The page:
The Best Camping in Canada This Summer


Canadians: It’s time to explore your own backyard. Here are 16 campgrounds worth going the extra mile for. (Just remember to reserve ahead.)

British Columbia

Ralph River's Photo
   Photo: Lesly Derksen
  1. Ralph River Campground in Strathcona Provincial Park —

    The old–growth forest makes this drive–in campground feel like the backcountry. Get an early start and hike the Elk River trail to Landslide Lake for views of the tallest mountains on Vancouver Island.

May 20, 2021
Photo of two friends at the table next to a river with forrest and mountain on the background, Kootenay
   Photo: Parks Canada, Zoya Linch
  1. McLeod Meadows Campground in Kootenay National Park —

    This corner of the Rockies comes without the crowds. The East Kootenay Trail covers prime mountain biking terrain, which you can follow up with a soak in Radium Hot Springs.

Yukon Territory

Photo of a river, Five Mile in Yukon
   Photo: Government of Yukon
  1. Five Mile Lake Territorial Campground —

    After a swim in one of Yukon’s warmest lakes, drive up to Keno City. This once–bustling silver mining community is now an eccentric quasi–ghost town with great hikes and a budding art scene.


Photo of a gamily gathered sit on a campground
   Photo: Parks Canada Agency
  1. Townsite Campground in Waterton Lakes National Park —

    Campsites are nestled on the edge of town, a stone’s throw from 200 kilometres of hiking trails. Take a boat to the Crypt Lake trailhead and see where the prairies meet the Rockies.

Northwest Territories

photo of two canoe on the river shore
   Photo: Darren Roberts, NWT Tourism
  1. Queen Elizabeth Territorial Park —

    Hike to spot white pelicans (rare so far north) or take a run down the Slave River rapids. You’re also just 40 kilometres from the salt plains and wildlife of Wood Buffalo National Park.


Photo of people set up with chairs and barbecue next to camping van
   Photo: SaskParks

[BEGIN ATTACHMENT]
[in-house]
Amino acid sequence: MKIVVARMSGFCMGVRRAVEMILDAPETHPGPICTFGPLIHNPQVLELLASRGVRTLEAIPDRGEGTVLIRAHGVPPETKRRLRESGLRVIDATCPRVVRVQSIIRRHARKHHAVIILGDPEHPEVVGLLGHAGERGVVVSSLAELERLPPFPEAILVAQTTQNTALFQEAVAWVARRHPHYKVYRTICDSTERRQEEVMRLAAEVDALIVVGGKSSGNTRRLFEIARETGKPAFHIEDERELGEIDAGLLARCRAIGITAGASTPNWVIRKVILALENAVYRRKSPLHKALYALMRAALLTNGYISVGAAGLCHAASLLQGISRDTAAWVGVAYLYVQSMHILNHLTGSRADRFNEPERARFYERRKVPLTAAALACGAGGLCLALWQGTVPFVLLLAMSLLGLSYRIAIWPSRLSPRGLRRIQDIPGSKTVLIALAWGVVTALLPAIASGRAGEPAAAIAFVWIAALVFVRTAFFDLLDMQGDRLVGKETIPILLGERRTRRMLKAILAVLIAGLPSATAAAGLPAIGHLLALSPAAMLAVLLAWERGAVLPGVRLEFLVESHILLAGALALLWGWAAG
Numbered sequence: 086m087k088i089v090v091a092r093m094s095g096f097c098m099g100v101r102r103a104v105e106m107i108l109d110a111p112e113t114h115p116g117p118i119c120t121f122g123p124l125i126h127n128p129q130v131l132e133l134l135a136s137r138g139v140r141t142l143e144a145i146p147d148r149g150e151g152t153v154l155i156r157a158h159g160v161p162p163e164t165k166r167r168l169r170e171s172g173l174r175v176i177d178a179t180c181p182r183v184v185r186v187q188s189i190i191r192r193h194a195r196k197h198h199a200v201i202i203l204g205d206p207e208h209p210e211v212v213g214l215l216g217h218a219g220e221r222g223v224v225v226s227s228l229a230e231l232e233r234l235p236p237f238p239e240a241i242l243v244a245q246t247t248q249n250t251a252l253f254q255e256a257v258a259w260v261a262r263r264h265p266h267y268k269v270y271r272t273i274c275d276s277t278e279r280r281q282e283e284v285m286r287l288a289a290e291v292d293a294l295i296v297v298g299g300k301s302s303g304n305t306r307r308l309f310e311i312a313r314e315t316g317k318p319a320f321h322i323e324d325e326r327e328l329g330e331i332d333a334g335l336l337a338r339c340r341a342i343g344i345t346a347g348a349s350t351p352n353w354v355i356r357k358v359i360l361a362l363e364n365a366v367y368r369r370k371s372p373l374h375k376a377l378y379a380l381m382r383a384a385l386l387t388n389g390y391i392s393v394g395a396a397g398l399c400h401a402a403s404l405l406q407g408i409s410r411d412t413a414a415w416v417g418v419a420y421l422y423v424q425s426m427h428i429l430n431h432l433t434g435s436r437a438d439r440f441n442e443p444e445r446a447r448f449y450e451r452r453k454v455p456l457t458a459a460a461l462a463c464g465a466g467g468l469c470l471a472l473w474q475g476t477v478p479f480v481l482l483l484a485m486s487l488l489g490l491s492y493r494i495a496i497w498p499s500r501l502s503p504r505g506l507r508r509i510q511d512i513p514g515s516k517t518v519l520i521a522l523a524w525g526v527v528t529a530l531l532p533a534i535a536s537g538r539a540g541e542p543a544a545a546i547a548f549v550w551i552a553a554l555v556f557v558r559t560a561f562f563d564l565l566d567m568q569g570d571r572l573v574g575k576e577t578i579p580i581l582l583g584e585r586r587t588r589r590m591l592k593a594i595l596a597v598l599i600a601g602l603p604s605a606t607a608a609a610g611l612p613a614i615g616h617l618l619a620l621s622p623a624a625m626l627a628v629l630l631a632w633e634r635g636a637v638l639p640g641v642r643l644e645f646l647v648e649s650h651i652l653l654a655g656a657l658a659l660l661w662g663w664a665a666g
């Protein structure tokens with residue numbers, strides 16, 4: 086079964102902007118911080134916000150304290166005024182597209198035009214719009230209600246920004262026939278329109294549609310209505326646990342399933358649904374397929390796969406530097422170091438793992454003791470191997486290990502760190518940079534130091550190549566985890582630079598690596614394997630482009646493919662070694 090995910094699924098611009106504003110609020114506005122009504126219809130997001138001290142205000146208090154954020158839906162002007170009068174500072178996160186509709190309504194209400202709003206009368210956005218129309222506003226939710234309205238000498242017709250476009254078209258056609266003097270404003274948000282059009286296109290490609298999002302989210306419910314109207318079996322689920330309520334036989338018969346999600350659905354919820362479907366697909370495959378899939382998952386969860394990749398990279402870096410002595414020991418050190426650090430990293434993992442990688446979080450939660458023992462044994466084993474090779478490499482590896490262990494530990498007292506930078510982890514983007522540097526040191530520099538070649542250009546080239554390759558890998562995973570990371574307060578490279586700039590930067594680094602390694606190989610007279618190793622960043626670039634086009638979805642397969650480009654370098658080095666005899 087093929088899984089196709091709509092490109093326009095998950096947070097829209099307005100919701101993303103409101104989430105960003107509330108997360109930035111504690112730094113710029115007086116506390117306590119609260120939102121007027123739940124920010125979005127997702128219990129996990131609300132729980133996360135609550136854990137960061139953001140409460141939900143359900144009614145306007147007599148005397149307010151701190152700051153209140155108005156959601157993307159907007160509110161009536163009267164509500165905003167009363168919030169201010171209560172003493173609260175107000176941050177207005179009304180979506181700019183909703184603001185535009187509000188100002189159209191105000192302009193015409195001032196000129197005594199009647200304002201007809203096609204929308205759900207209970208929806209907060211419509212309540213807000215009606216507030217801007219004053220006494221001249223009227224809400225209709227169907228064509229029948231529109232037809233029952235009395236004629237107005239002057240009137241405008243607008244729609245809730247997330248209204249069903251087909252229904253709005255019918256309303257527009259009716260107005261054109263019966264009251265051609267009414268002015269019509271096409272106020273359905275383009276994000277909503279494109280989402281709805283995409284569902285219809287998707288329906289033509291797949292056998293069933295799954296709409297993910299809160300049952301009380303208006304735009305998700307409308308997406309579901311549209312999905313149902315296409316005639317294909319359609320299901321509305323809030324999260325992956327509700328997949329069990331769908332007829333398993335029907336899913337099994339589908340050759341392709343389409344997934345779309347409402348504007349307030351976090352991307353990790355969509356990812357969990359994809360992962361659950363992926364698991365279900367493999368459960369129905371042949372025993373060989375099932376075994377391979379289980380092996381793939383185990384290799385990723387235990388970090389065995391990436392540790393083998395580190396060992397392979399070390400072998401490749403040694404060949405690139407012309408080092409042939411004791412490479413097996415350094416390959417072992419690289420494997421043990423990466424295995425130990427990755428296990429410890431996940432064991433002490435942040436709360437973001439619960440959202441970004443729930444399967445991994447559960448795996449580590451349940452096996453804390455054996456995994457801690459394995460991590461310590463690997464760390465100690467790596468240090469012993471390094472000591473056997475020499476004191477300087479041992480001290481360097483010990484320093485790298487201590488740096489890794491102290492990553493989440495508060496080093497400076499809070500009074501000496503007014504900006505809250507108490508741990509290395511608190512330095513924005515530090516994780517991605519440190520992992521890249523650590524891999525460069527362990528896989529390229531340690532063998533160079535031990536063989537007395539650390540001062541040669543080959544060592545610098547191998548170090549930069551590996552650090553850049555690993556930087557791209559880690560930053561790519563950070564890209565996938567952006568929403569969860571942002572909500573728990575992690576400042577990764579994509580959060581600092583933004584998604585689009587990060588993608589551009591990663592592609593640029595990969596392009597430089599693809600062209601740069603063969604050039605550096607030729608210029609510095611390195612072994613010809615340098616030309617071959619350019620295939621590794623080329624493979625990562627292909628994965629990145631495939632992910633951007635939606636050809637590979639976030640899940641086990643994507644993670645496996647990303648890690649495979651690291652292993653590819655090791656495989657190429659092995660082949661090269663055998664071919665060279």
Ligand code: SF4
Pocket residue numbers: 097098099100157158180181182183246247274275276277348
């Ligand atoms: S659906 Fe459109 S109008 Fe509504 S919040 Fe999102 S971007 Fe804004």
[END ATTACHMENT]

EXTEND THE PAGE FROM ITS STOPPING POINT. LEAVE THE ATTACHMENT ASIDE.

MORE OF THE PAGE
1. Deer Hollow Campground in Cypress Hills Interprovincial Park —

    This park contains the highest point (1,468 metres) between the Rockies and Labrador. Ride horseback through the meandering valleys and montane forest, home to deer, elk and moose.


Photo of a tent in the middle of the forest, campers cove
   Photo: Tara Gair (@tara_explores)
  1. Campers Cove Campground in Clearwater Lake Provincial Park —

    These northern Manitoba waters – so clear you can see 11 metres down – are teeming with lake trout and pike. Stroll the white–sand beach or explore caves in the shoreline cliffs.


Photo of two canoe along the river, Quetico, Ontario
   Photo: Ontario-Parks
  1. Dawson Trail Campgrounds in Quetico Provincial Park —

    Car camp on the shores of French Lake, or enjoy world–class wilderness canoeing to one of 2,200 backcountry campsites in northwestern Ontario’s newly designated International Dark Sky Park.

Photo a river coast along a mountain, Land's end
   Photo: Dominique Lamberton
  1. Lands End Park, Tobermory —

    Snorkel around historical shipwreck sites, picnic near the rock pillars on Flowerpot Island or go bouldering on the Georgian Bay shoreline – then retreat to the quiet forest of this family–owned campground.


Photo of the forest seen from the inside of a tent, Ojibway
   Photo: Ali Kazal, UNSPLASH
  1. Ojibway Campground in Parc national d’Aiguebelle —

    Sea kayak on Abitibi–Témiscamingue’s vast Lac Loïs and discover its great blue heron colony. Don’t miss walking over the footbridge suspended 22 metres above Lac la Haie and a fault formed 2.7 billion years ago.

Photo of an overview river and mountain, Pied des Monts
   Photo: Sépaq
  1. Pied–des–Monts Campground in Parc national des Grands–Jardins —

    Immerse yourself in boreal forests and arctic vegetation within two hours of Quebec City. The via ferrata circuit on Mont–du–Lac–des–Cygnes leads to a stunning view of the Charlevoix crater.

New Brunswick

Photo of Chez les Maury campground sunset
   Photo: Christian Noël
  1. Chez les Maury, Saint–Édouard–de–Kent —

    The seemingly endless Bouctouche Dune – perfect for a barefoot walk – borders this vineyard campground, where you can pick berries and enjoy complimentary wine on your first night.

Prince Edward Island

  1. Cumberland Cove Seaside Campground —

    Watch the sunrise from your beachfront campsite, then dig for clams or head to the south shore village of Victoria. You can browse artisan shops, take in a play or book a sunset kayaking tour.

Nova Scotia

Photo overview of the Oven's park camp site
   Photo: Peter Blacksberg
  1. Ovens Natural Park —

    With sea caves along a clifftop trail, nightly live music and the colourful port town of Lunenburg across the bay, this place has the makings of a perfect seaside holiday.

Newfoundland and Labrador

Photo of the sunset over the river, Frenchman's Cover
   Photo: Waqas Ali (@waqas_photography1)
  1. Frenchman’s Cove Provincial Park —

    Make this your base camp to explore the Burin Peninsula, where you can learn about life on “the Rock” or swim at Sandy Cove Beach (a capelin roll hot spot in early summer).

Photo of the sunset with landscape of a forest and river
   Photo: Government of Newfoundland and Labrador
  1. Dildo Run Provincial Park —

    This sheltered central coast shoreline is an idyllic place to pitch a tent or launch a canoe. Take day trips to Twillingate for coastal hikes, whale watching and an Auk Island Winery tour.